First published August 28, 2008 in Mediapost’s Search Insider
In 2003, Read Montague had a “why” question that was nagging at him. If Pepsi was chosen by the majority of people in a blind taste test, why did Coke have the lion’s share of the cola market? It didn’t make sense. If Pepsi tasted better, why wasn’t it the market leader?
Fortunately, Read wasn’t just any cola consumer idly pondering the mysteries of brown sugared water. He had at his disposal a rather innovative methodology to explore his “why” question. Dr. Read Montague was the director of Baylor University’s Neuroimaging Lab and he just happened to have a spare multi-million dollar MRI machine kicking around. MRI machines allow us to see which parts of the brain “light up” when we undertake certain activities. Although fMRI scanning’s roots are in medicine, lately the technology has been applied with much fanfare to the world of market research. Montague is one of the pioneer’s of this area, due in part to the 2003 Coke /Pepsi study, which went but the deceptively uninteresting title, “Neural Correlates of Behavioral Preference for Culturally Familiar Drinks” (Note: Montague has since picked up a knack for catchier titles. His recent book is “Why Choose this Book? How We Make Decisions” ).
Believing in Brands
In my last two columns, I talked about how our emotions and beliefs are inseparably wrapped up in many brand relationships. The strongest brands evoke a visceral response, beyond the reach of reason, coloring our entire engagement and relationship with them. It doesn’t matter if these brands are better than their competitors. The important thing is that we believe they are better, and these beliefs are reinforced by emotional cues.
This certainly seemed to be the case with Coke and Pepsi. The market split was beyond reason. In fact, the irrationality of the market split caused Coca Cola to make the biggest marketing blunder in history in 1985. A brief recap of marketing history is in order here, because it highlights one of the challenges with market research: namely, that there’s a huge gulf of difference between what we say and what we do, thanks to the mysterious depths of our sub-cortical mind. It also sheds light on the strength of our brand beliefs.
Through the ’70s and ’80s, Coke’s market share lead over Pepsi was eroding to the point when, in the mid ’80s, Coke’s lead was only a few points over their rivals. This was due in no small part to the success of the Pepsi Challenge advertising campaign, where the majority of cola drinkers indicated they preferred the taste of Pepsi in blind taste tests. This wasn’t just a marketing ploy. Coke did their own blind taste tests and the results were the same. If people didn’t know what they were drinking, they preferred Pepsi. It was panic time in Atlanta.
Enter new Coke. It was a lighter, sweeter drink that was possibly the most thoroughly tested consumer product in history. Coke was preparing to kill the golden goose, and it wasn’t a decision they were taking lightly. If they were changing the secret recipe, they were making damned sure they were right before they rolled it out to market. So they tested, and tested, and tested again Coke meticulously did their home work, according to all the standard market research metrics. The results were consistent and overwhelming. In the tests, people loved New Coke. Not only did it blow the original Coke formulation away, it also trounced Pepsi. They asked people if they liked New Coke. Yes! Would you buy New Coke. Yes! Would this become your new favorite soft drink? Yes, Yes and Yes! Feeling exceptionally confident, Coke bit the bullet and rolled out New Coke. And the results, as they say, are now history.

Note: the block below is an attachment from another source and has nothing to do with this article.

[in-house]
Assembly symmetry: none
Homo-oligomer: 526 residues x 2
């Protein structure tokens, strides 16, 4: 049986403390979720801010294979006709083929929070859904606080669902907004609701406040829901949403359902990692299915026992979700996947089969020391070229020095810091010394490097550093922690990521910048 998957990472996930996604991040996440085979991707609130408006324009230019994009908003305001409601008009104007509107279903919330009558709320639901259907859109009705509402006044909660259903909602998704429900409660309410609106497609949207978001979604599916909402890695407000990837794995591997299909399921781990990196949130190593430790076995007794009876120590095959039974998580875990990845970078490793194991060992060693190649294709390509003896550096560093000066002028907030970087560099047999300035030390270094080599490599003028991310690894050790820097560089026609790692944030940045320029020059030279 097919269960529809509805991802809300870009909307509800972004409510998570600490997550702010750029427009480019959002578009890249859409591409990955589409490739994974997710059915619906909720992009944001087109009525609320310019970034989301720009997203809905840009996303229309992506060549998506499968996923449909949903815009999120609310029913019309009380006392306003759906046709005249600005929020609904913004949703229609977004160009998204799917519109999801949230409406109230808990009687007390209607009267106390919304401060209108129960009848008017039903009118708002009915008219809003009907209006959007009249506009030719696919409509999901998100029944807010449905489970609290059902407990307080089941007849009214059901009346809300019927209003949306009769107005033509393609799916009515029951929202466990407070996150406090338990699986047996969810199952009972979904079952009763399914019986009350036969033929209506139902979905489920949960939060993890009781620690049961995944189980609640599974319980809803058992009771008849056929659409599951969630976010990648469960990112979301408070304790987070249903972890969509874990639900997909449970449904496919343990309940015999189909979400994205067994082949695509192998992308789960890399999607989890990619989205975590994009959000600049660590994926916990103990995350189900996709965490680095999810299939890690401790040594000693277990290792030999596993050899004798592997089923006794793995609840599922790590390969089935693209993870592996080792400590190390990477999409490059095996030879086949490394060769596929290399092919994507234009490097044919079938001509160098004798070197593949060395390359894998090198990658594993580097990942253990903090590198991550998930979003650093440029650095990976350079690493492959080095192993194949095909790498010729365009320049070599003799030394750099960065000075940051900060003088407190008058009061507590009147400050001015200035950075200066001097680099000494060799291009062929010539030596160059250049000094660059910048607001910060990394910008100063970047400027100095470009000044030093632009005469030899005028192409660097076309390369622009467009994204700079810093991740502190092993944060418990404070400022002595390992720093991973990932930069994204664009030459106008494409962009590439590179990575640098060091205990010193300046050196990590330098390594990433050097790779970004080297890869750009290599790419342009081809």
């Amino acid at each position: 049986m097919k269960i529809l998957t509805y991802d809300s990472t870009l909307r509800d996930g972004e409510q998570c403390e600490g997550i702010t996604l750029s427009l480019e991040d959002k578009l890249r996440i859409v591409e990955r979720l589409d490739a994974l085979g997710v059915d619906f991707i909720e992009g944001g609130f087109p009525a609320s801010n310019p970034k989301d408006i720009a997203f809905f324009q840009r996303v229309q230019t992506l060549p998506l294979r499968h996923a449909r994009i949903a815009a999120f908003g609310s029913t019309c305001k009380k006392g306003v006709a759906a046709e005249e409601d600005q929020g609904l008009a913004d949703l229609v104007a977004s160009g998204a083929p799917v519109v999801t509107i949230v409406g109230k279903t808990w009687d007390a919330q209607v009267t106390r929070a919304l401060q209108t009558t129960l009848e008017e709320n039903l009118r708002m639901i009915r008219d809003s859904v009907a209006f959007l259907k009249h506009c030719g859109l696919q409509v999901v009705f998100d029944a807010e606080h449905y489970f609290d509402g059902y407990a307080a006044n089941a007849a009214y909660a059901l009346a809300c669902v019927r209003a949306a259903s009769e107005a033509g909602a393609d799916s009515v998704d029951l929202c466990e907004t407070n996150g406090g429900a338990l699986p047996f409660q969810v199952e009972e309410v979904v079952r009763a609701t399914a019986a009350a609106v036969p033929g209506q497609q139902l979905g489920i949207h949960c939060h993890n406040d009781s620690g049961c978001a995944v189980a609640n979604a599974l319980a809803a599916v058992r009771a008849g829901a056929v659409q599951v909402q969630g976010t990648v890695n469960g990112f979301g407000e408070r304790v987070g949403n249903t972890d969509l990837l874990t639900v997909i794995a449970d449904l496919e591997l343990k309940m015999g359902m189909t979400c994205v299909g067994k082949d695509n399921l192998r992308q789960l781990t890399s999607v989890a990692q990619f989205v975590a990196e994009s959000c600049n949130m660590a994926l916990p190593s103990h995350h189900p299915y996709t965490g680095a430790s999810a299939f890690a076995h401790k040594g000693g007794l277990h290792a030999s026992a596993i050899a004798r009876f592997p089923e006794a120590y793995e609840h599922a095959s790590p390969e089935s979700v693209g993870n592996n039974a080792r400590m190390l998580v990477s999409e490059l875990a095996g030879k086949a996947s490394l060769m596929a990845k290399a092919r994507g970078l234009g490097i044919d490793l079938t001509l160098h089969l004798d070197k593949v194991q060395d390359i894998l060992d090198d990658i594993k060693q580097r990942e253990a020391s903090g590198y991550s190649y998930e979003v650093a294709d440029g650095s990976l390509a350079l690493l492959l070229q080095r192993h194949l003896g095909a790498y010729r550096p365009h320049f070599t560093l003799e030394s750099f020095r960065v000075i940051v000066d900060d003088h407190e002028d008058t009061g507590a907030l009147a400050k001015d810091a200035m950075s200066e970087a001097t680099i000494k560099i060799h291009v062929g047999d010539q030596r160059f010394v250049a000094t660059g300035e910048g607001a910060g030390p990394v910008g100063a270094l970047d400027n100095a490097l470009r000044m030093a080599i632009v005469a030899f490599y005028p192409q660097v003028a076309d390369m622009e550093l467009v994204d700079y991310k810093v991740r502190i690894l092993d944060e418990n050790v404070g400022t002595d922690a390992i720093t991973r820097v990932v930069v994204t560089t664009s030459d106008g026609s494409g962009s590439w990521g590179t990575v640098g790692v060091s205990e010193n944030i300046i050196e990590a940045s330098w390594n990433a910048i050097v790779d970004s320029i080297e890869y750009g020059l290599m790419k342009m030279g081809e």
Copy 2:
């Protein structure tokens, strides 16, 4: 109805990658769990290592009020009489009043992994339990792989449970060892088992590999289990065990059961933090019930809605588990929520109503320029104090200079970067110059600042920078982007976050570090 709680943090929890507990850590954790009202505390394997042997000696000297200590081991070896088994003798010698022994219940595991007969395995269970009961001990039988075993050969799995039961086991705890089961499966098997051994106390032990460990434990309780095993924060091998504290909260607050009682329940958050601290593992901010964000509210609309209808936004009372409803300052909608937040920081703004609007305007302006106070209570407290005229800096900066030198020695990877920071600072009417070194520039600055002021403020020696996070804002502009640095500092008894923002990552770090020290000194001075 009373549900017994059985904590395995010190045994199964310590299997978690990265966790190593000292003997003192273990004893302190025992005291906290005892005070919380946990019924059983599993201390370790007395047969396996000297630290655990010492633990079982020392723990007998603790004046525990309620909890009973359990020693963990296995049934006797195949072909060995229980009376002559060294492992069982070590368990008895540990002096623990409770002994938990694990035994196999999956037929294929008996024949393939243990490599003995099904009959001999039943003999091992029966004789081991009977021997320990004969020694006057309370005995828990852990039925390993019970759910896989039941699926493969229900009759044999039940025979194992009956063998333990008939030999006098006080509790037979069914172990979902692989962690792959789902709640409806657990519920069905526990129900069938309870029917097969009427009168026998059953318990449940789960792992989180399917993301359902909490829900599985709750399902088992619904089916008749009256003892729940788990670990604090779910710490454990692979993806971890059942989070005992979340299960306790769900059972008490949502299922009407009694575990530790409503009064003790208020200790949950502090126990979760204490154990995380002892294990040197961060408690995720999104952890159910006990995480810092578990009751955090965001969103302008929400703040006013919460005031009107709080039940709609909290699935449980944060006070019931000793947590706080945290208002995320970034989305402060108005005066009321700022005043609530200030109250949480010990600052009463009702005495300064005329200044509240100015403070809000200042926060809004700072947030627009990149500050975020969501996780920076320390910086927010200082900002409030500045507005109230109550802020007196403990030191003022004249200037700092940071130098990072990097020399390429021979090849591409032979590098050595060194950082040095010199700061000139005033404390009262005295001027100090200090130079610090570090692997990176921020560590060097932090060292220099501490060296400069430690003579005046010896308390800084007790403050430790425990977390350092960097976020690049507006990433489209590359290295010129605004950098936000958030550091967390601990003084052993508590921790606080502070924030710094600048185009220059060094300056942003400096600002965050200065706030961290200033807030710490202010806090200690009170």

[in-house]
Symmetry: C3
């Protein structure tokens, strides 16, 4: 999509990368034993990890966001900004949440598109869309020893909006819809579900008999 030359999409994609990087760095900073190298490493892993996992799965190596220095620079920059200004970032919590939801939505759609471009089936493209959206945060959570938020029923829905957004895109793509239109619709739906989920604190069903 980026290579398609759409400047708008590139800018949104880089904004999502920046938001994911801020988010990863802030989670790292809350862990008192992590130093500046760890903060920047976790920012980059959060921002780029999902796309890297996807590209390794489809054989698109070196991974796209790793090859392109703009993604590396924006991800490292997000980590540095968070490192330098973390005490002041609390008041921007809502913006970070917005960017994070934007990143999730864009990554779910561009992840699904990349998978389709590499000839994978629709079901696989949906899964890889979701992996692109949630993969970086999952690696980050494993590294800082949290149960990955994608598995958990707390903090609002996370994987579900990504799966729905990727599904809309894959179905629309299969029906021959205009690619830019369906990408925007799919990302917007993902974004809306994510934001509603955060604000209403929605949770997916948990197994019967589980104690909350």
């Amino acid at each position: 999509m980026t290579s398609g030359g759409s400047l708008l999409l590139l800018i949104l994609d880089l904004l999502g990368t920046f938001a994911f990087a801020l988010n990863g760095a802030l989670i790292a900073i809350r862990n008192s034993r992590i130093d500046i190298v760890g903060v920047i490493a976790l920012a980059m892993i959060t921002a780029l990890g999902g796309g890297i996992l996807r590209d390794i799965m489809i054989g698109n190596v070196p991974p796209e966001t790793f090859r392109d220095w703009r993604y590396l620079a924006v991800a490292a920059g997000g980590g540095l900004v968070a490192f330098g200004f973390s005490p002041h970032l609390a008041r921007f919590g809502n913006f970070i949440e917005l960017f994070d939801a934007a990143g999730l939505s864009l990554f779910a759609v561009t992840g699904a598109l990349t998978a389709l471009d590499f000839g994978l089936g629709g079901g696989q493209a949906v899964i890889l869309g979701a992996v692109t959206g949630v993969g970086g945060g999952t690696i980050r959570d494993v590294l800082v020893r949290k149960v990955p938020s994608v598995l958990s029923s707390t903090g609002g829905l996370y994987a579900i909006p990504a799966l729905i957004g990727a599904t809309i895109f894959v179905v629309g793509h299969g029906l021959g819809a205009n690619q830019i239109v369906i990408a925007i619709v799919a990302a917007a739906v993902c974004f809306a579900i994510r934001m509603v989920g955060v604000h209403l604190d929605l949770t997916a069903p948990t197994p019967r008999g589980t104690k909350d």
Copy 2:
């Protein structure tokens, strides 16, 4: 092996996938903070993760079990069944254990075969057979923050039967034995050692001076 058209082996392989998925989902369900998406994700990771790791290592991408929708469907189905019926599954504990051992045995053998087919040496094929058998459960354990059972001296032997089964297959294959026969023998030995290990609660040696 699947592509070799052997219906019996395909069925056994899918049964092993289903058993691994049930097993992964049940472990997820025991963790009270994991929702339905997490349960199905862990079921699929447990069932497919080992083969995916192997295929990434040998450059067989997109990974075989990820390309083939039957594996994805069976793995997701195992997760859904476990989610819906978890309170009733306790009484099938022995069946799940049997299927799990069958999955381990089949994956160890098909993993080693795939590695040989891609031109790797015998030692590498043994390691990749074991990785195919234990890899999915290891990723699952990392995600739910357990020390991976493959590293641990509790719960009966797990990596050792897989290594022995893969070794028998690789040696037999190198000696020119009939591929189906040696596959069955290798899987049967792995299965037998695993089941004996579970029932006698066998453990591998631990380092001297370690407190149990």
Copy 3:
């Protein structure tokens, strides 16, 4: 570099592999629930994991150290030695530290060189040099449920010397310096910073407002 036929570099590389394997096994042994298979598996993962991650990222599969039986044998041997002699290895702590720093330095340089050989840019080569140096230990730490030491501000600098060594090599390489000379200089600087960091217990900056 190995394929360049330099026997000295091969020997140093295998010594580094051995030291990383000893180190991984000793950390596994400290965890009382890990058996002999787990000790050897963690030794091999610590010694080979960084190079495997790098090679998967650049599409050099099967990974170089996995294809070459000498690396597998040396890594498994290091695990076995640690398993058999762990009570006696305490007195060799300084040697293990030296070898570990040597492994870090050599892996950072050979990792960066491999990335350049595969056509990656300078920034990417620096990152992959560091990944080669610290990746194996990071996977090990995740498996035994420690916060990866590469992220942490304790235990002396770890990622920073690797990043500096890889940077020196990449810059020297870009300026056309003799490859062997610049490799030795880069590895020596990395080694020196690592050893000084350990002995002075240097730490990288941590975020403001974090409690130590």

Classic Coke’s Comeback
On April 23, 1985, Coke shocked the world by announcing the new formulation and ceasing production on the original formula. And, at first, it appeared the move was a success. In many markets, people bought new Coke at the same levels they had bought original Coke. They kept saying they preferred the taste. But there was one critical market that new Coke had to win over, and that wasn’t going to be easy. In the Southeast, the home of Coke, people weren’t so easy to convince. There, ardent Coke fans were mounting a counteroffensive. By May, the “Old Coke” backlash had spread to other parts of the U.S. and was picking up steam. Soon, a “black Coke” market emerged when deprived Coke drinkers started bring in the original Coke from overseas markets where the old formulation was still being bottled. By July, the Old Coke counteroffensive was so strong, the company capitulated and reintroduced the original formulation as Coke Classic. Within months, Coke Classic was outselling both New Coke and Pepsi and began racking up the highest sales increases for Coke in decades, rebuilding Coke’s lead in the market.
Although it eventually worked out in their favor, Coke executives were puzzled by the whole episode. President Don Keough admitted in a press conference, “There is a twist to this story which will please every humanist and will probably keep Harvard professors puzzled for years, The simple fact is that all the time and money and skill poured into consumer research on the new Coca-Cola could not measure or reveal the deep and abiding emotional attachment to original Coca-Cola felt by so many people.”
Keough was amazingly prescient in this statement, although he had the university wrong. Almost two decades later, it would be a professor at Baylor, not Harvard, that would dig further into the puzzle. Next column, we’ll see what one of the very first neuromarketing studies uncovered when Montague replicated the Pepsi Challenge in an fMRI machine.